Japan has minimal natural gas production capabilities and imports approximately 95% of its natural gas. With the massive size of its economy and population of 125 million, Japan has been the largest importer of natural gas in the world until 2021 when China surpassed it after it increased its imports by 18% year on year. While it is no longer in the top spot, Japan is, of course, still a huge importer of natural gas taking some 21% of the world’s gas supply worth about USD 30 bn per year.
Japan consumed approximately 74 million tons in 2021 which was its fourth year of reductions bringing its current usage in line with its usage in 2010. Its largest sources (in order) are Australia, Malaysia, Qatar, Russia, the US, Brunei, Papua New Guinea, Oman, Indonesia, and Nigeria, with Australia coming in at approximately 39%, roughly triple the number two Malaysia.
Due to Japan’s high reliance on coal for electricity (31%), the cleaner alternative of gas-fired power (36%) is considered part of the energy mix strategy to reduce carbon emissions. Even so, gas usage is also planned to be reduced by some 50% by 2030. While aggressive, any reliance on imported fuel does not address energy security in the way that looking to domestic renewables does. And, unfortunately, Japan lags in aggressively moving towards renewable energy compared with numerous wealthy nations, especially considering the potential of readily available offshore wind, geothermal, and solar, and both coal and gas are expected to have a major place in the energy mix over the coming years.
Some 70% of Japan’s total emissions are concentrated in five sources: coal-fired electricity is the largest source of emissions, followed by transportation, gas-fired electricity, steel, chemicals. While detailed breakdowns of gas consumption by sector do not seem readily available, high-level sectors (in order) would be power, industrial, residential, commercial, and other.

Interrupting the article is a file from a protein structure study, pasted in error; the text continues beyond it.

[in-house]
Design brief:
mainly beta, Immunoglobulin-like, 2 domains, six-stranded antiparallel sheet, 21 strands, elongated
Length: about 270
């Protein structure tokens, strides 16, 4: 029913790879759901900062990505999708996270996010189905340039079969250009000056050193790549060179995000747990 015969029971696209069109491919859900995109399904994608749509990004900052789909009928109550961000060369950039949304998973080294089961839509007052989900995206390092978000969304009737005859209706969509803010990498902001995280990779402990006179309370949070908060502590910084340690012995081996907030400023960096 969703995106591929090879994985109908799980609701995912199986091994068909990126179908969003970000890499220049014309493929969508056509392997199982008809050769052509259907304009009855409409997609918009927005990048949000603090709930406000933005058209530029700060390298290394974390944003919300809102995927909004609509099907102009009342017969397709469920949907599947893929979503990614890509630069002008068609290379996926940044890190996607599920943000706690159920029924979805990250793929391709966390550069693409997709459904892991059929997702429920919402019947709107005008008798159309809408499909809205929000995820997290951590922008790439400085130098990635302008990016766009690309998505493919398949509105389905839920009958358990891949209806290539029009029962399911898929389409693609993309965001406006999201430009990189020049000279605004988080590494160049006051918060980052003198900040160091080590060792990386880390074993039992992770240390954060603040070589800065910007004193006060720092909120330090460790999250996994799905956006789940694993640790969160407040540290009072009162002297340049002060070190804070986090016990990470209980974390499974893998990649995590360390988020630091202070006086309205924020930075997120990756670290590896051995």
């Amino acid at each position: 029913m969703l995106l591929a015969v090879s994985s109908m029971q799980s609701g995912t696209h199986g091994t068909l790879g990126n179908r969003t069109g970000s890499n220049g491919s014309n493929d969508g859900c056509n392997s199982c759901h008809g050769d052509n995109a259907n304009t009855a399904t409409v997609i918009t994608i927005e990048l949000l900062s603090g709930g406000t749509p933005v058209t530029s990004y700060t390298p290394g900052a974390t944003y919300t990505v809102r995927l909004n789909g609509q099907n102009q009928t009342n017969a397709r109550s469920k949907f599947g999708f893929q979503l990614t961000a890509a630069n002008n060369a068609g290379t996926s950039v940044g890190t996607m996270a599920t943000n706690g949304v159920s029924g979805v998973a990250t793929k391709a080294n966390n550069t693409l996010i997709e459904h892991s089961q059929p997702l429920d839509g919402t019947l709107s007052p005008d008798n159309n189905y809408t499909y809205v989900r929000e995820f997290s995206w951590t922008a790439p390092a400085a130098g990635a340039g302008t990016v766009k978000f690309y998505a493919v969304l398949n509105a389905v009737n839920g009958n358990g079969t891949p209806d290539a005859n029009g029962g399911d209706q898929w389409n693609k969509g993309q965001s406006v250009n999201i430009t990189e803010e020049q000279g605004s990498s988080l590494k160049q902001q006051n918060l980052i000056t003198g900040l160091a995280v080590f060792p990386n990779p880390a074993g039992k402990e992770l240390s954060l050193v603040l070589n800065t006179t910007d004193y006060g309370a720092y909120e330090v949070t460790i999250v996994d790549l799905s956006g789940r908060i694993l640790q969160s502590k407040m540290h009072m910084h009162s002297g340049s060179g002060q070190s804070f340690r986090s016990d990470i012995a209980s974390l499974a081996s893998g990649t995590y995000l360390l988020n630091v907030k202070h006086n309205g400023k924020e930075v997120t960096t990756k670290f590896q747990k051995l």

Unfortunately, Japan gets a thumbs down when it comes to gas consumption in respect to overall climate goals. The largest reason is simple—Japan is very well positioned to take advantage of its abundance of clean energy sources such as offshore wind, geothermal, and solar. Japan continues to see its lack of domestic fossil fuel sources and its geographic isolation (prohibiting it from participating in a European style energy grid) as reasons to focus its energy security policies on the diversification of its enormous imports of fossil fuels.
Japan could just as easily be focused on strengthening its energy security on the back of rapid expansion of energy sources that are abundant—offshore wind is virtually limitless on this island nation; geothermal in Japan, third in the world in number of active volcanoes is also a “no brainer,” and solar in a country with large areas in the tropics is another easy win. Moreover, Japan is world famous for the robustness of its infrastructure and its egalitarian nature on almost every square inch of the country. With such well-developed infrastructure already in place, aggressive policy in this direction would yield results very quickly, freeing Japan of its dependency on imported fossil fuels at the mercy of global foreign exchange rates.
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This Brief has been submitted by Climate Scorecard Japan Country Manager James Hawylak